3. I also respect your opinion, but...."in god we trust, all others bring evidence"

4. E wall is correct. If a process is part of the QMS, you have to document, follow, improve and show evidence. Outside the QMS you can operate however you like.

Now, I have to get back to work on an "objective" audit.

Regards,

Carl-
 
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JodiB

Wow

Ok, look, interpretations are essentially (and please let's not have to interpret what I mean by essentially) definitions. And it is important, particularly with an international standard, to use language that is easily translatable. But even within the same room, there will be a different interpretation of what a word means. Even Webster's will give you more than one meaning or use of a word and that doesn't take into account all the regional or colloquial (sp?) meanings of a word.

This is why ISO9000 exists, and why it not only provides a definition of numerous terms that may be misconstrued, but also provides a methodology in the development of the words used. And this is also why it is prudent to include definitions of terms used in the company procedures that are written. So that everyone is using the same language.

Carl, a standard is just words. Words backed by intentions. ..Words that are not ALL defined because they appear to be common. And the way that they are used is supposed to provide a reasonable person with the intented meaning. That is where interpretation comes into play. :) We can't get away from interpretation, whether it is the interpretation of the writers of ISO9k2k (shall we consult with them on every instance?), or whether it is the interpretation that a user puts into action. Somebody somewhere decides what the standard says. If you want to kick it back to the committee, then which member's interpretation do you use? Or do you assume that all the members agreed on every single point?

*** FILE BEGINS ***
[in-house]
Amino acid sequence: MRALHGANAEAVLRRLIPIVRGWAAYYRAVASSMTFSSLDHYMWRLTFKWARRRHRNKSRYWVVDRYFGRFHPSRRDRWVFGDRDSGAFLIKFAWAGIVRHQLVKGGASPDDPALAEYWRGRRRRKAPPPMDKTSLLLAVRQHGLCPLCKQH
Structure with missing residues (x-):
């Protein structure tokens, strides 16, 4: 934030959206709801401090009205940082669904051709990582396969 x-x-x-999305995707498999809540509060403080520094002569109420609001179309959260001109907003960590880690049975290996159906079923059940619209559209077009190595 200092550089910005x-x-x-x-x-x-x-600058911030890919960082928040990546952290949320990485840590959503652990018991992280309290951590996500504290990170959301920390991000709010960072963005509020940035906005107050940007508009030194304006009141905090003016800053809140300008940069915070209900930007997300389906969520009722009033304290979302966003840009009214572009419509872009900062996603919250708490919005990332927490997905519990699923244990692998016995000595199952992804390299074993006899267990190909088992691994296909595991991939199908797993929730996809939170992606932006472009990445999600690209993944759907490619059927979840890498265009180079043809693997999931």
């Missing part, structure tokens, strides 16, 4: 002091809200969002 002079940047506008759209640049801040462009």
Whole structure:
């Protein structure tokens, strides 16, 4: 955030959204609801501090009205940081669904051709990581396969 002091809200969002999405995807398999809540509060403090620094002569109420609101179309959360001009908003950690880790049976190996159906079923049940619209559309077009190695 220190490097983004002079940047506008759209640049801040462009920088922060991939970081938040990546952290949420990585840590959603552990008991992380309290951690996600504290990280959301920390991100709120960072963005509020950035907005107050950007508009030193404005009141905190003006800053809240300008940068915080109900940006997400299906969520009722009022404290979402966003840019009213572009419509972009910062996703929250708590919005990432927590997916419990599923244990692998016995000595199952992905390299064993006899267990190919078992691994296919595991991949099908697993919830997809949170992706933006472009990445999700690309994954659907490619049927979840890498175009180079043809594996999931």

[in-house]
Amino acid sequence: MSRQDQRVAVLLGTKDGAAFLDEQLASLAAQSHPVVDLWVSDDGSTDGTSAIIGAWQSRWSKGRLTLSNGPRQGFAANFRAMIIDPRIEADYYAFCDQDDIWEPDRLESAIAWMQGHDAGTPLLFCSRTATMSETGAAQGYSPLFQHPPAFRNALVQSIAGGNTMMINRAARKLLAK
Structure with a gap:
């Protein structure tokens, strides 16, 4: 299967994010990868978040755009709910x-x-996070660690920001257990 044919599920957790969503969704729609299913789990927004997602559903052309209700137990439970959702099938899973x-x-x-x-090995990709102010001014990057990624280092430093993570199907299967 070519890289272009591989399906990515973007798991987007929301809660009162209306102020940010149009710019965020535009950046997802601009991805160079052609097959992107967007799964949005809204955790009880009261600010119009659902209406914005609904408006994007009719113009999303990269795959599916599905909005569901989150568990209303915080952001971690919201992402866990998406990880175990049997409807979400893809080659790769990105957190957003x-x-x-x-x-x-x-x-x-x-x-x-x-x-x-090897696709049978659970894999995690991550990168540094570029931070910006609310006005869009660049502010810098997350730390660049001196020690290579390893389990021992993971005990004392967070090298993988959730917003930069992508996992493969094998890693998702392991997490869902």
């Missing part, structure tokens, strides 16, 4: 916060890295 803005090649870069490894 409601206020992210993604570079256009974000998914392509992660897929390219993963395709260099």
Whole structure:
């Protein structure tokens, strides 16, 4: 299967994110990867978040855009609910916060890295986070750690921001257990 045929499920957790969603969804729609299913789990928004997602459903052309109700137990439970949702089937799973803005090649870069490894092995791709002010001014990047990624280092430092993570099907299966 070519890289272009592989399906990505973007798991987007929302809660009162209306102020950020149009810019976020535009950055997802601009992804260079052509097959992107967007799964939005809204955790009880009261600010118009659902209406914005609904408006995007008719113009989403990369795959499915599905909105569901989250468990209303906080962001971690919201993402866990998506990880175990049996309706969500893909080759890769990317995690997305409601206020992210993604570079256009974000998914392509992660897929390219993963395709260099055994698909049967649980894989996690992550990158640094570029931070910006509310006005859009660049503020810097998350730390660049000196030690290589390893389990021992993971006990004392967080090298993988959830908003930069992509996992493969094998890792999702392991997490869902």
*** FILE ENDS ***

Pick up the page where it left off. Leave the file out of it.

There are guidance documents precisely to provide the committee's further interpretations. Interpretations. Now, these are interpretations you can wave under an auditor's nose. Other than that, it is your interpretation against the auditors. (How many times can I get "interpretation" into this paragraph?:frust:

Carl, your additional point about having procedures outside of your QMS is somewhat puzzling, although I guess what you are referring to are some employee policies or accounting type procedures. And if I had an NCR written because some employee was given more vacation than a procedure indicated he should receive, or something to that effect, then yes, I would scream too.:))
 
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Carl

OK, I'm the outsider here, but...

You can dice it up with all the rhetoric you want. The fact remains, any time you enter a situation where opinions, subjectivity, interpretation...call it whatever you want, are thrown into the mix, you lose control. The more objectivity, the more control, the more subjectivity the less control. It doesn't matter if it is a court of law, an ISO audit or haggling over the price of a Pizza, the less defined, the less control you have over the system. Is there always going to be SOME "Interpretation"? Of course. But we certainly should not condone it! we should try to minimize it.

How much subjectivity would you allow if you WERE being falsely accused of a serious crime?
How much subjectivity is acceptable? Obviously not much to me, I consider it pretty serious, not as serious as being falsely accused of a Felony or something, but a lot of effort, time and money being spent should indicate the importance.

So there you have it. However much subjectivity exists, we (AND the RAB and Registrars) should be trying to improve it. (unless Registrars are exempt from continuous improvement)

Thanks to all for your point of view.

Carl